Let us consider, for simplicity, a restricted 3-body problem: Sun-Earth-asteroid, in which the Earth is on a circular orbit with radius and the asteroid is on a Keplerian elliptic orbit with semimajor axis .

The Hamiltonian has the form
where
is constant
and
is the perturbing function

( is Gauss' gravitational constant, , while and are the asteroid and the Earth position in a Heliocentric reference frame, expressed as function of the Delaunay variables and .

If there is an intersection between the two orbits, the perturbing
function
has a first order polar singularity, so we can compute
its average over the *fast variables*
because it is
an improper convergent integral:

On the other hand, if we try to study the qualitative behavior of the solutions of Hamilton's equations by the classical averaging principle, we have to average the right hand side of the equations of motion, that is the derivatives of , which have second order polar singularities; so these integrals are absolutely divergent.

We have previously proved (see Gronchi and Milani 1998)
that is possible to give a generalized definition of averaged
solutions for planet-crossing orbits by showing that Hamilton's
equations built with the averaged perturbing function
,
that is

have unique piecewise smooth solutions which could be considered as representative of the solutions of the averaged equations when the latter have no meaning. This is a mathematical generalization of the classical averaging principle; in fact, if the two orbits do not intersect each other, we can show by the theorem of differentiation under the integral sign that the classical averaged equations correspond to Eqs.(1).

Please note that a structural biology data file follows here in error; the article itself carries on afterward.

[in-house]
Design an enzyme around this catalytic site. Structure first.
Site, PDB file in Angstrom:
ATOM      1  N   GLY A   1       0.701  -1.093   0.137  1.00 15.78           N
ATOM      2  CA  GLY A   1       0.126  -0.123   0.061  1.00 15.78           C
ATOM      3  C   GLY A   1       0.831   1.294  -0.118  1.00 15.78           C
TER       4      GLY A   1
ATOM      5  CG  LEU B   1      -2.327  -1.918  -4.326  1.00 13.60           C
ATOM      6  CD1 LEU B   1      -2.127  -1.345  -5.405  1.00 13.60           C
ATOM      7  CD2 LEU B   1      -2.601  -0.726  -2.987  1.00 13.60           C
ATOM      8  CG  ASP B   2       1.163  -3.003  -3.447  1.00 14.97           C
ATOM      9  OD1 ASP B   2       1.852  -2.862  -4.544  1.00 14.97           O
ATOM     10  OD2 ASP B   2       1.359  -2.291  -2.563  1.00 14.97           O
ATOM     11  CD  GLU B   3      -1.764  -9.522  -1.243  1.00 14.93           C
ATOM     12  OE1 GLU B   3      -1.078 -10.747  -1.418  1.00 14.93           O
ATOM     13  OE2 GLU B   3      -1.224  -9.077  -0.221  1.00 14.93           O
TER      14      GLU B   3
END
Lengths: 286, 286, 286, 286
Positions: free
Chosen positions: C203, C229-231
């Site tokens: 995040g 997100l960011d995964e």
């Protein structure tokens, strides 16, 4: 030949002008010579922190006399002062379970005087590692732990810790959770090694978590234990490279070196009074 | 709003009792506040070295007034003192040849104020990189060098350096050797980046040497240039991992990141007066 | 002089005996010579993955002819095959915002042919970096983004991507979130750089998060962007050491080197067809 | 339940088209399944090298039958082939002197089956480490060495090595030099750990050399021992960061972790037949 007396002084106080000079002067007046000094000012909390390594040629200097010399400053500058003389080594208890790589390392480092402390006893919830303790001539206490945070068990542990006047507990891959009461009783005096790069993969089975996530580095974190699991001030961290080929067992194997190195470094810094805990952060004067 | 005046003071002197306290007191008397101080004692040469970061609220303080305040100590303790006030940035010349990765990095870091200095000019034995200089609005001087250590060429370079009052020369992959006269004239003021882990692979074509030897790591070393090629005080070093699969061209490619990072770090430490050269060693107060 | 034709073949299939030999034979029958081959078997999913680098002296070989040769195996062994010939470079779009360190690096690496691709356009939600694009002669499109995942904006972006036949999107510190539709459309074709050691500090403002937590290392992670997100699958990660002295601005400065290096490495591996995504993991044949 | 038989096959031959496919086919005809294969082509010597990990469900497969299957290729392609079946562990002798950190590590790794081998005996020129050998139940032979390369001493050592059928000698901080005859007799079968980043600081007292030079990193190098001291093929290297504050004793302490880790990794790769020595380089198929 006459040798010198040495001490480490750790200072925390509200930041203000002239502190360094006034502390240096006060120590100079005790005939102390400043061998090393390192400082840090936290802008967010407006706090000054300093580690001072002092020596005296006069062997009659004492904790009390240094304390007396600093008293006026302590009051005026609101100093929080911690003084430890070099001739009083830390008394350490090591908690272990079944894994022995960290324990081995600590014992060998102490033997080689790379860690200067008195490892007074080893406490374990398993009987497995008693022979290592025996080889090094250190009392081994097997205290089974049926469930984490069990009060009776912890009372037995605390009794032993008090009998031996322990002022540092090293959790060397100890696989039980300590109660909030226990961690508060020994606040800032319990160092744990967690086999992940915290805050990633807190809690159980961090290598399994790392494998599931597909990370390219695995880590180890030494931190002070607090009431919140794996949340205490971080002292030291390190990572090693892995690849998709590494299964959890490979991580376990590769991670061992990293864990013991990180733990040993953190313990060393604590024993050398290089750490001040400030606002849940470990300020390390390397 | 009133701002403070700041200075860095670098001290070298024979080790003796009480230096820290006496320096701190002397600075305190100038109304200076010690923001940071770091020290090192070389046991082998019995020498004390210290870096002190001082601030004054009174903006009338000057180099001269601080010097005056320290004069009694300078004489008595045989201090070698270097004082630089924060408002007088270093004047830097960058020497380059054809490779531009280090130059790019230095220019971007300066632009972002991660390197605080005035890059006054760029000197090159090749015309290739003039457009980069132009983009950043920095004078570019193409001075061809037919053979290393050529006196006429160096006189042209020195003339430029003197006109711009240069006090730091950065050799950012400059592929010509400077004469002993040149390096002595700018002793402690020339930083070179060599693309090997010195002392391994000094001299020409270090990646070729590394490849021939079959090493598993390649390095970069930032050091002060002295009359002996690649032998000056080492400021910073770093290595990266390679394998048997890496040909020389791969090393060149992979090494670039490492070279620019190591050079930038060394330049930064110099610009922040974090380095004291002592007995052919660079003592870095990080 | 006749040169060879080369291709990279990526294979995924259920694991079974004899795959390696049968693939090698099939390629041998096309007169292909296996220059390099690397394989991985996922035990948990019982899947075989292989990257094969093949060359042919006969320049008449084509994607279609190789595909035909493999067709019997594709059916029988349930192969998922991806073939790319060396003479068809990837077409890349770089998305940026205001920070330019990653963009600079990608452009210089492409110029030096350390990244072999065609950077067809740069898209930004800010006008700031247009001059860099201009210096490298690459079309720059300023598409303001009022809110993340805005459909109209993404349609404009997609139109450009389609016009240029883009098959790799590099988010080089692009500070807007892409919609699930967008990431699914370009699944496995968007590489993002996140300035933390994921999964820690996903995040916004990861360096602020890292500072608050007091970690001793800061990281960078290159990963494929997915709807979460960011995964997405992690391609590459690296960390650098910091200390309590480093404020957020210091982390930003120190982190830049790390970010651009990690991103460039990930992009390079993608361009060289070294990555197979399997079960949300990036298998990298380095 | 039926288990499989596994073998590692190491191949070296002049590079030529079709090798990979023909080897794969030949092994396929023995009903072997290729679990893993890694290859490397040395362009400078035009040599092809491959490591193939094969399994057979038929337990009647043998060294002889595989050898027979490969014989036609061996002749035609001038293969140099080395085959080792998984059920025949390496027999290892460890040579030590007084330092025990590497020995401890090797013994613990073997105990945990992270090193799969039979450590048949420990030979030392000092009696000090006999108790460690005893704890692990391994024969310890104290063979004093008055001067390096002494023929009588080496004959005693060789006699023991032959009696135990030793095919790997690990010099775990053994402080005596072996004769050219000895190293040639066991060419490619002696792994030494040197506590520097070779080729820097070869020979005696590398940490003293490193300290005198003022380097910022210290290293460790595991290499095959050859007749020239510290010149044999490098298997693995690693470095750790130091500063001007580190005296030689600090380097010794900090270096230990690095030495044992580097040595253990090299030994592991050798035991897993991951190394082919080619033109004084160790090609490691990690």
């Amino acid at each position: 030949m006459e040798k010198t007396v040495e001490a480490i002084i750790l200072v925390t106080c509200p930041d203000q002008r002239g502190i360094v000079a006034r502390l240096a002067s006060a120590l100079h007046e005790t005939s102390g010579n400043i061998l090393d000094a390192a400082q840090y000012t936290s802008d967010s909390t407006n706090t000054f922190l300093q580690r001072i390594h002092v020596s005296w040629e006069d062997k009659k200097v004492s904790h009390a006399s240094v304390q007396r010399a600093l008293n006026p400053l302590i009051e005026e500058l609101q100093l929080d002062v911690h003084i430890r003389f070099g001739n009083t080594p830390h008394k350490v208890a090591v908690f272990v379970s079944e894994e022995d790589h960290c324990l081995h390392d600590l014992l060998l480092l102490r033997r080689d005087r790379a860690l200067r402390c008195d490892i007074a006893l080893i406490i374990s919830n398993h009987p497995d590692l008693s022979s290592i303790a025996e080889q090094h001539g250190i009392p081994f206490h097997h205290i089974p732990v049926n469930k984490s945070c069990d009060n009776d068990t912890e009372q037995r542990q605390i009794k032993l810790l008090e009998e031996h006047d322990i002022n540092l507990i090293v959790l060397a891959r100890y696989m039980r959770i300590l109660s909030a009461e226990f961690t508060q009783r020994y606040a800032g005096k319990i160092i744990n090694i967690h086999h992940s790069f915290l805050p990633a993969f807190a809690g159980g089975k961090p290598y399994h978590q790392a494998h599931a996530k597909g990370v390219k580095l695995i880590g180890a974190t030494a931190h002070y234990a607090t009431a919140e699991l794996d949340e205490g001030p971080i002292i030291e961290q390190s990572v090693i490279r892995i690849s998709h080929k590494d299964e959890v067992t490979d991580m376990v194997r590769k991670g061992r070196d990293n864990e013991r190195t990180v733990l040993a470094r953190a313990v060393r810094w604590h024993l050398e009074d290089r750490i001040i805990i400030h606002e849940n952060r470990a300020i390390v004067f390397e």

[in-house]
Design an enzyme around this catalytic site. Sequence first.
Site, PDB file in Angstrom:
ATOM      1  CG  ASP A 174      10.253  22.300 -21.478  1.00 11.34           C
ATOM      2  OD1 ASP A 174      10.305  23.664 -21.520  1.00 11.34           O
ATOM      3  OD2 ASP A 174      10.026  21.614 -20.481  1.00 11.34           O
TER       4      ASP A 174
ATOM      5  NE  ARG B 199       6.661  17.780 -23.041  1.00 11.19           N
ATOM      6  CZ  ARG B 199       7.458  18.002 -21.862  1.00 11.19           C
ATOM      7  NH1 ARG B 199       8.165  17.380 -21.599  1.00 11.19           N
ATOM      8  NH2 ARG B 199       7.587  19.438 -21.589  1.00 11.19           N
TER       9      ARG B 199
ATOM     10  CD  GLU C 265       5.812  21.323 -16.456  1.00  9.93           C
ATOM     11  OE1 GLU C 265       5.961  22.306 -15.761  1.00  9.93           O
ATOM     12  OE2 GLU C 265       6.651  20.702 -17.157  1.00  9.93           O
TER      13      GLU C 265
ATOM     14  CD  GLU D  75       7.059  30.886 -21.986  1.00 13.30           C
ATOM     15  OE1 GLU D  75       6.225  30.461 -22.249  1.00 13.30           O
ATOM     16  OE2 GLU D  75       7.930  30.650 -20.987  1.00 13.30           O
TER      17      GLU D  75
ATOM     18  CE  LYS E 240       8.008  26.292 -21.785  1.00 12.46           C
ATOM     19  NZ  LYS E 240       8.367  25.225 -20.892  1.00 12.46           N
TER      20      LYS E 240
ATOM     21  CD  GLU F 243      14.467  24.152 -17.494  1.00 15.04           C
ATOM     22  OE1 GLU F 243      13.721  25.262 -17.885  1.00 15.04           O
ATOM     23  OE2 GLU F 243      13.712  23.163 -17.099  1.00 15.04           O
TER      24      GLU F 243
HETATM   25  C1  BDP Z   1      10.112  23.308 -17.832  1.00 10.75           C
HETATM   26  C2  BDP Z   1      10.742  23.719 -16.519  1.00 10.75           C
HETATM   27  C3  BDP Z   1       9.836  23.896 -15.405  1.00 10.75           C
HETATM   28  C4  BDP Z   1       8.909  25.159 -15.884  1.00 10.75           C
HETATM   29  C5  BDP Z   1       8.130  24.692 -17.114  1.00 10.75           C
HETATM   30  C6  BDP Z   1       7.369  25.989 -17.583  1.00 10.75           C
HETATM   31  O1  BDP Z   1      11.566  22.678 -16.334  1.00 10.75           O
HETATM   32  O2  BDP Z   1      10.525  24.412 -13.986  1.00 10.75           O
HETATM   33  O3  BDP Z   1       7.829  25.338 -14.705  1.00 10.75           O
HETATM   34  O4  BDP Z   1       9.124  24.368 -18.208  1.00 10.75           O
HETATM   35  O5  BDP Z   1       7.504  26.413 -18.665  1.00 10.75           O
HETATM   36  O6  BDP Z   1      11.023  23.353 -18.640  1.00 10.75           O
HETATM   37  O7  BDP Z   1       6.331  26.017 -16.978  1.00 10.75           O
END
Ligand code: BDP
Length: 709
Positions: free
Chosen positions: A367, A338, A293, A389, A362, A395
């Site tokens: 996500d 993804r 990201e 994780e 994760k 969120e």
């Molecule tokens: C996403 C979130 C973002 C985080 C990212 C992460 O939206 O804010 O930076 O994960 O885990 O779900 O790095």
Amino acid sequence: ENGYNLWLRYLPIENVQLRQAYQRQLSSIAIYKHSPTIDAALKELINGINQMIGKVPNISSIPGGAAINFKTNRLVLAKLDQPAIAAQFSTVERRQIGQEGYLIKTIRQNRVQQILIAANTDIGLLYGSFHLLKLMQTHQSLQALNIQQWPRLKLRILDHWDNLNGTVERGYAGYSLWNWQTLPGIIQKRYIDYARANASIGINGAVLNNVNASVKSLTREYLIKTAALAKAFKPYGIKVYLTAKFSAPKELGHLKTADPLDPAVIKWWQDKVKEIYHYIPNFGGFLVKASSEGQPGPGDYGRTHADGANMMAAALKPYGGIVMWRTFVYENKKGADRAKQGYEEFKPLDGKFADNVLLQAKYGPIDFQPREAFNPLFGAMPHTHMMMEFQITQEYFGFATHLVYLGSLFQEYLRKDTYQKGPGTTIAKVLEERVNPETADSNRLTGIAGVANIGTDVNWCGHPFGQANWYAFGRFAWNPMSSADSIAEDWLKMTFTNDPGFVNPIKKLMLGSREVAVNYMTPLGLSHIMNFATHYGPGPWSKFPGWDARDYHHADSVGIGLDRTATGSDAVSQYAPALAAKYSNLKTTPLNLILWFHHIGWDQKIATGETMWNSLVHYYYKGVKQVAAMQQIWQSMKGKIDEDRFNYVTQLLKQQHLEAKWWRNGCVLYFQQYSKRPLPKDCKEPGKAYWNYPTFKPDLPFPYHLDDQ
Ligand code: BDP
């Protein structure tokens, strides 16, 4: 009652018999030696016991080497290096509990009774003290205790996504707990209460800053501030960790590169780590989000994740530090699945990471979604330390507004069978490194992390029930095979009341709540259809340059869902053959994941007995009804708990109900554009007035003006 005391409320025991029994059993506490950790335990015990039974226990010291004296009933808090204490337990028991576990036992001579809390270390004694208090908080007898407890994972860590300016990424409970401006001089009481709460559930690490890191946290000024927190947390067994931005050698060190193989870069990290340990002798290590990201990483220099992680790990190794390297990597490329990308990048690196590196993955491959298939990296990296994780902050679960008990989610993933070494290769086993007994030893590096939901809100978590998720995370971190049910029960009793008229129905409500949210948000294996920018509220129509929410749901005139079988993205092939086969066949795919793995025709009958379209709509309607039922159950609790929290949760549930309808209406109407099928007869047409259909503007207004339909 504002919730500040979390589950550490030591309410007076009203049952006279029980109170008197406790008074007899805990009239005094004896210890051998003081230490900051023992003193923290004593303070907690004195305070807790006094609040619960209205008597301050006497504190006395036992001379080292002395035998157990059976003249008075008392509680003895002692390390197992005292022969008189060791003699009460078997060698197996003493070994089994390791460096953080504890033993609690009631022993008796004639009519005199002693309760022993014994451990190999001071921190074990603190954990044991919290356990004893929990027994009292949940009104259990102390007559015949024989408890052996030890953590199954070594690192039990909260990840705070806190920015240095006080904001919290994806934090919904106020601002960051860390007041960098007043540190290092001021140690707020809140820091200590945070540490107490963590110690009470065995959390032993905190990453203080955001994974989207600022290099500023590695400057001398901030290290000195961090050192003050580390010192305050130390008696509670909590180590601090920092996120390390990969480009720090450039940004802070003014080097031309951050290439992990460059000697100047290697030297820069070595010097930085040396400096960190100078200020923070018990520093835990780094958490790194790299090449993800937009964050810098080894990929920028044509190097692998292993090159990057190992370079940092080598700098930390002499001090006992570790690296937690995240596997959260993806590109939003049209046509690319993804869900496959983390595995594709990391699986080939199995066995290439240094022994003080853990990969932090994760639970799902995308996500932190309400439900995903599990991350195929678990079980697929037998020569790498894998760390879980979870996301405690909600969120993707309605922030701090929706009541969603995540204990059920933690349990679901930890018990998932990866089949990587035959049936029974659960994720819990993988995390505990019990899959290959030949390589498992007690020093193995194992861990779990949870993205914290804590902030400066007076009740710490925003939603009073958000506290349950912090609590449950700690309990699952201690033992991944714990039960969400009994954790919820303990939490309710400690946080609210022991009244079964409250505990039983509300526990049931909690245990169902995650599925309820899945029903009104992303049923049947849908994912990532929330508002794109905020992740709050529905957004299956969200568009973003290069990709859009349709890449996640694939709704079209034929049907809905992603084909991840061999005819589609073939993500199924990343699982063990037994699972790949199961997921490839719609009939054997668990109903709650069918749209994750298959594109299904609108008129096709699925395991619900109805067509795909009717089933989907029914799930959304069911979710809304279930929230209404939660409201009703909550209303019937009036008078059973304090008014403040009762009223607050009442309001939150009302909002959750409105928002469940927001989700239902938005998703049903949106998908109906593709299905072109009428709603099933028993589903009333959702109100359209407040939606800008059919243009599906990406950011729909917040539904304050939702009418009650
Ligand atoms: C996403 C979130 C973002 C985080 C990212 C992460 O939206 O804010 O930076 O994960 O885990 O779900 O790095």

Let us describe briefly this situation in the plane: we have the conservation of the component of the angular momentum, that is of the action variable ; so, for a given value of we have a maximum value of (say , corresponding to inclination zero.

The *Kozai domain*, where the averaged solutions can evolve, is
represented by
in this plane; in
Figure 1 we have plotted also the ascending node crossing
line and the descending one (
and
respectively). If we call
the interior of the connected
components in which
is divided by the node crossing lines we
already know, as classical results, that
is continuous in and differentiable in each .

Using a Wetherill approximation (see Wetherill 1967) and Kantorovich's method of singularity extraction we have shown that is differentiable in the closure of each in and, more important, that we can define piecewise smooth solutions of Hamilton's equations built with simply by extending to open regions including the node crossing lines the expressions of the derivatives in the right-hand sides of the equations in a smooth, but two-valued, way (see Gronchi and Milani 1998).

We can see in Figure 2 the level lines of the averaged Hamiltonian of a Jupiter crosser asteroid (or ``Centaur'') with semimajor axis = 7 AU; these lines have a corner when they go through a node crossing line and the presence of these corners has been detected analytically, by isolating, from the averaged Hamiltonian, the term that is responsible.

This term turns out to be the distance between the two straight lines that, according to Wetherill's approach, approximate the orbit of the Earth and of the asteroid in a neighborhood of the intersection points; thus it behaves like an absolute value function.

2000-05-16